GRS-IBS bridge design and construction: Keeping Your Bridges Strong & Healthy No. 12
GRS-IBS bridge design and construction

LDG’s first GRS-IBS bridge design project was recently completed for Albany Township Supervisors, Bradford County. The Geosynthetic Reinforced Soil – Integrated Bridge System (GRS-IBS) consists of three main parts: the Reinforced Soil Foundation (RSF), the Geotextile Reinforced Soil abutment (GRS), and Integrated Bridge System (IBS).

GRS-IBS bridge design and construction offers an economical way for local municipalities to construct bridge abutments with their own forces because they are constructed with commonly available materials using ordinary construction equipment and do not require experienced bridge labor.

GRS-IBS structures can accommodate a variety of different superstructure types, offer a proven alternative to deep foundations on loose granular soils, and can easily be adapted in cases where unforeseen field conditions arise during construction.  The GRS abutments are estimated to be 40-60% less costly than conventional reinforced concrete abutments and take about one third of the time to construct.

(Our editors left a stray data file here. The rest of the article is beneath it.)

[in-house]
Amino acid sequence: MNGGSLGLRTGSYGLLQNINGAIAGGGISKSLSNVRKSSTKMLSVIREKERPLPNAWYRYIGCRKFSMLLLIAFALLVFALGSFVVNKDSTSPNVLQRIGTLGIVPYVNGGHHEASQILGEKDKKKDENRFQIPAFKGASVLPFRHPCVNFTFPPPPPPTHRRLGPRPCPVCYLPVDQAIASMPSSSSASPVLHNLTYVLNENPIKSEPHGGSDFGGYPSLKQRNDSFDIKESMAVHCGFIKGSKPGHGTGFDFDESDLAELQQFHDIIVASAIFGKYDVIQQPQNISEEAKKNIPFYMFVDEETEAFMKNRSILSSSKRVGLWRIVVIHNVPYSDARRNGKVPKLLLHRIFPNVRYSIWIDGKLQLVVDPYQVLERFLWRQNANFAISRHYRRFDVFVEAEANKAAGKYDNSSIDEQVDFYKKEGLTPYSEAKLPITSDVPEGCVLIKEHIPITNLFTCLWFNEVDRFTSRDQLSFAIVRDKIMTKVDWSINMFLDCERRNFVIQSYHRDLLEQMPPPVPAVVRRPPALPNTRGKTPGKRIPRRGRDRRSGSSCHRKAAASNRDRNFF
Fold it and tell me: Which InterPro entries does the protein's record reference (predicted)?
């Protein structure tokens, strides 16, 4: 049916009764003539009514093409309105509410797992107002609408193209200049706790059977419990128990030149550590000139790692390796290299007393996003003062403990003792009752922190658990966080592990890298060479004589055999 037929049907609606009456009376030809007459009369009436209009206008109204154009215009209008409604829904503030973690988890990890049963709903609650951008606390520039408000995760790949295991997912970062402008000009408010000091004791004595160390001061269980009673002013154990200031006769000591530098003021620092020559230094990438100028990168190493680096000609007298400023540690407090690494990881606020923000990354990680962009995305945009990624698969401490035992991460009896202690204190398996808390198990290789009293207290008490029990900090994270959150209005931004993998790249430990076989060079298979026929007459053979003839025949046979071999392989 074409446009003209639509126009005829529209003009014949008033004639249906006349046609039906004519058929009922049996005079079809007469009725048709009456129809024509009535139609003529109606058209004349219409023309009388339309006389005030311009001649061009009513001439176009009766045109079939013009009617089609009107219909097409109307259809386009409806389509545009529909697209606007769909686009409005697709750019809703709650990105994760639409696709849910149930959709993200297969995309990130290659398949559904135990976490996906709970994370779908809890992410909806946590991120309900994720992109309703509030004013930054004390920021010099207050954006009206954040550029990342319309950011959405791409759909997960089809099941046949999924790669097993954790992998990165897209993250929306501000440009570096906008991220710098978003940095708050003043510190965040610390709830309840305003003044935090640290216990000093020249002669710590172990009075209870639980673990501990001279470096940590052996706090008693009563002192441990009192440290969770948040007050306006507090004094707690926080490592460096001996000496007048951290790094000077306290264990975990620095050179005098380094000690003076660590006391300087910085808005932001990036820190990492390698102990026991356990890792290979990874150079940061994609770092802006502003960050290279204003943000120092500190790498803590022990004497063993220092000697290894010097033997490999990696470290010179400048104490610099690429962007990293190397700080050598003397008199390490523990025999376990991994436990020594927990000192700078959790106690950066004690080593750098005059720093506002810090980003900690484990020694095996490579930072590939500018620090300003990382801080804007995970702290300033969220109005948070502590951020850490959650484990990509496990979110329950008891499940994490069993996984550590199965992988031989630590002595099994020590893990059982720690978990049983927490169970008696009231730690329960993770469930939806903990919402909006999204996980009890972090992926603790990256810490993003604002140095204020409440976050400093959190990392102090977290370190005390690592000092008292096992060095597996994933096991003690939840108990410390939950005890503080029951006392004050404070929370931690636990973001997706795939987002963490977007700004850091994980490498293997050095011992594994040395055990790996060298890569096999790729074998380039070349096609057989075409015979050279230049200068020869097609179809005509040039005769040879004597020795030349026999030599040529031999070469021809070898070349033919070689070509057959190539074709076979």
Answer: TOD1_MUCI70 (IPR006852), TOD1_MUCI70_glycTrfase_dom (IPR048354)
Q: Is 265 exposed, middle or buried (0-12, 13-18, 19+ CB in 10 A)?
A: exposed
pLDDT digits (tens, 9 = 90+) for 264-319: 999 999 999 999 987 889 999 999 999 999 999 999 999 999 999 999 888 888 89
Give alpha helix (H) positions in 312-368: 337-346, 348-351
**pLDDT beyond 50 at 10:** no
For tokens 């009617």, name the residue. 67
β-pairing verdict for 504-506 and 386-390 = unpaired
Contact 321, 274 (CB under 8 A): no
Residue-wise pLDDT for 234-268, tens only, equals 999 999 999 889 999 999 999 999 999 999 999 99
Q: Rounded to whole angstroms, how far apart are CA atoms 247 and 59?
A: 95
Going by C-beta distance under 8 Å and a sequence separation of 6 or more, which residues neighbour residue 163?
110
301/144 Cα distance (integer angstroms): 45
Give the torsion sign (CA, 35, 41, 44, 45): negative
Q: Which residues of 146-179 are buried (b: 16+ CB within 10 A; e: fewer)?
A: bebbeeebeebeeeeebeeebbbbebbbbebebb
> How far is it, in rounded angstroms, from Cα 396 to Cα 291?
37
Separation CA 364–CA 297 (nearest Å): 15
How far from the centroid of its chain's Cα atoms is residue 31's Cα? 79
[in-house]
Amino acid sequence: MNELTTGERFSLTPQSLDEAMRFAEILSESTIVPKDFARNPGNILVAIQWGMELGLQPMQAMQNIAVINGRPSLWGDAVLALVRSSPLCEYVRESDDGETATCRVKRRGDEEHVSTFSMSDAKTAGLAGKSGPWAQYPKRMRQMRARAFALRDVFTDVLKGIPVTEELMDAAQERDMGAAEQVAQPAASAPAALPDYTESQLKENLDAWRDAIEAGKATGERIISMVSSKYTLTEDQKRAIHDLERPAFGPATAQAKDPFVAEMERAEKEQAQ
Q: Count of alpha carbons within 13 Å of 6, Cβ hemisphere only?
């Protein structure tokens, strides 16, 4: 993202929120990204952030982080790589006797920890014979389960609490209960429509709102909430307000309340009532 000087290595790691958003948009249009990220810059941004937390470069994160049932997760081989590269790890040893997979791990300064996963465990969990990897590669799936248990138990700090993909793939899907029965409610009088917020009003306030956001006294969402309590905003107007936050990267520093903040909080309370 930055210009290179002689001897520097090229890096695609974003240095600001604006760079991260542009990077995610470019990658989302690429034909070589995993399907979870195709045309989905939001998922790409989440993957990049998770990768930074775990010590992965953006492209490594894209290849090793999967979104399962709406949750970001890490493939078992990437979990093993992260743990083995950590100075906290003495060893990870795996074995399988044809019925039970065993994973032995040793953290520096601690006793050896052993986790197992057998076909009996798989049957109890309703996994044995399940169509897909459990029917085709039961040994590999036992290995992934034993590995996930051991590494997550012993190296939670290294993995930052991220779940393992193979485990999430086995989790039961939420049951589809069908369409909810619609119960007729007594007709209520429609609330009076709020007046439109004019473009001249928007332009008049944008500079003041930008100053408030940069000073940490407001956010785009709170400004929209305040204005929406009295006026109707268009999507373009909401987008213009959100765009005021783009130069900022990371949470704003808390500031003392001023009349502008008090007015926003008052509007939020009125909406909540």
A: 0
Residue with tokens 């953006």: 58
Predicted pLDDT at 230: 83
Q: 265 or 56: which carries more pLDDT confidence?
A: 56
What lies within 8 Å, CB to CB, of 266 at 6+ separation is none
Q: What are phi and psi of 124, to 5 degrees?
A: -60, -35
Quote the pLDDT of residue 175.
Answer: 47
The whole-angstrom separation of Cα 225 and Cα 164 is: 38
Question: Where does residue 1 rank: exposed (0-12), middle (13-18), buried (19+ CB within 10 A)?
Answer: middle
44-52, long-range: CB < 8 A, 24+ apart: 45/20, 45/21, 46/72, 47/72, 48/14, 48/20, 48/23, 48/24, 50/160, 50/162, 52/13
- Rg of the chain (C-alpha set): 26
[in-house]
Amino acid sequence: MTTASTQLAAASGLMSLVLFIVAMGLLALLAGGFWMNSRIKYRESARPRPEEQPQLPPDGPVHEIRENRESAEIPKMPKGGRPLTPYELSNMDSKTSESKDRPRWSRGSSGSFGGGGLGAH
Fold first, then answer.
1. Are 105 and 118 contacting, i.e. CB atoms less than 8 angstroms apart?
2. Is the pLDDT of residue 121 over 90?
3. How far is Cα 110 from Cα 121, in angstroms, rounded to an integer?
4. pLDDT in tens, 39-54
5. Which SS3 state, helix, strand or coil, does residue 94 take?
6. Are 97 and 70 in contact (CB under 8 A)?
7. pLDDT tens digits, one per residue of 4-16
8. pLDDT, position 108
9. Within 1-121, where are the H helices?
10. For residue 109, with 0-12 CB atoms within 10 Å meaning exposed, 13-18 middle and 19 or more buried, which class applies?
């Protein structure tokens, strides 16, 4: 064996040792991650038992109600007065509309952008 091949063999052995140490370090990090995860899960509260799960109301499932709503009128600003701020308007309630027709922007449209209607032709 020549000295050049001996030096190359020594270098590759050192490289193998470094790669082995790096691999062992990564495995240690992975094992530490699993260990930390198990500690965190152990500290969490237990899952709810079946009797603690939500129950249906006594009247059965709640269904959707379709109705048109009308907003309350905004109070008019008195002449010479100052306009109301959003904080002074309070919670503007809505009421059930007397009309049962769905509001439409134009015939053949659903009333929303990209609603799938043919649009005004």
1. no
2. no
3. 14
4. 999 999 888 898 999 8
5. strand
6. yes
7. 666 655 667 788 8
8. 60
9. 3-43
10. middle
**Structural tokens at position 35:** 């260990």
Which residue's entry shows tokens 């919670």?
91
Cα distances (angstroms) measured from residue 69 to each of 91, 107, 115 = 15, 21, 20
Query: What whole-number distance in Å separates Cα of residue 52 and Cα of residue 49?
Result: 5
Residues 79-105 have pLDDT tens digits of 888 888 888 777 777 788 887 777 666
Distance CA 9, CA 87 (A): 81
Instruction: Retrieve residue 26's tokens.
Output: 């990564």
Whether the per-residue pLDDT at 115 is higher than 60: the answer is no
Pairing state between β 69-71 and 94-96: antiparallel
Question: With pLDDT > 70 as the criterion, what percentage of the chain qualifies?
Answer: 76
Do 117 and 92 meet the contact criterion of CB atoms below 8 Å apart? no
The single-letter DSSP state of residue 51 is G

GRS-IBS structures can also help to reduce maintenance costs by eliminating joints at the ends of the bridge, and by eliminating the potential for differential settlement that often occurs between the bridge abutments and approach roadway.

In most cases, the abutments are constructed of 8″ x 12″ blocks similar to masonry blocks, but at a much higher strength. The blocks are dry laid with alternating layers of high strength geotextile and compacted fill placed behind the block face. The process is repeated until the desired height is reached. Blocks are filled with concrete for added strength when used over streams with higher water velocities.

This recent project was completed by a local contractor, and the bid cost for the GRS-IBS Structure was approximately 70% less than conventional abutments. GRS-IBS structures are not recommended for streams with velocities exceeding 12 ft./sec. Many mountain streams in north central Pennsylvania exceed this maximum velocity, so municipalities should consult with an engineer before proceeding with this type of structure. On this project, the old abutments were utilized for scour protection. This can be considered as long as the old abutments are in satisfactory condition.

GRS-IBS bridge design

GRS-IBS bridge design

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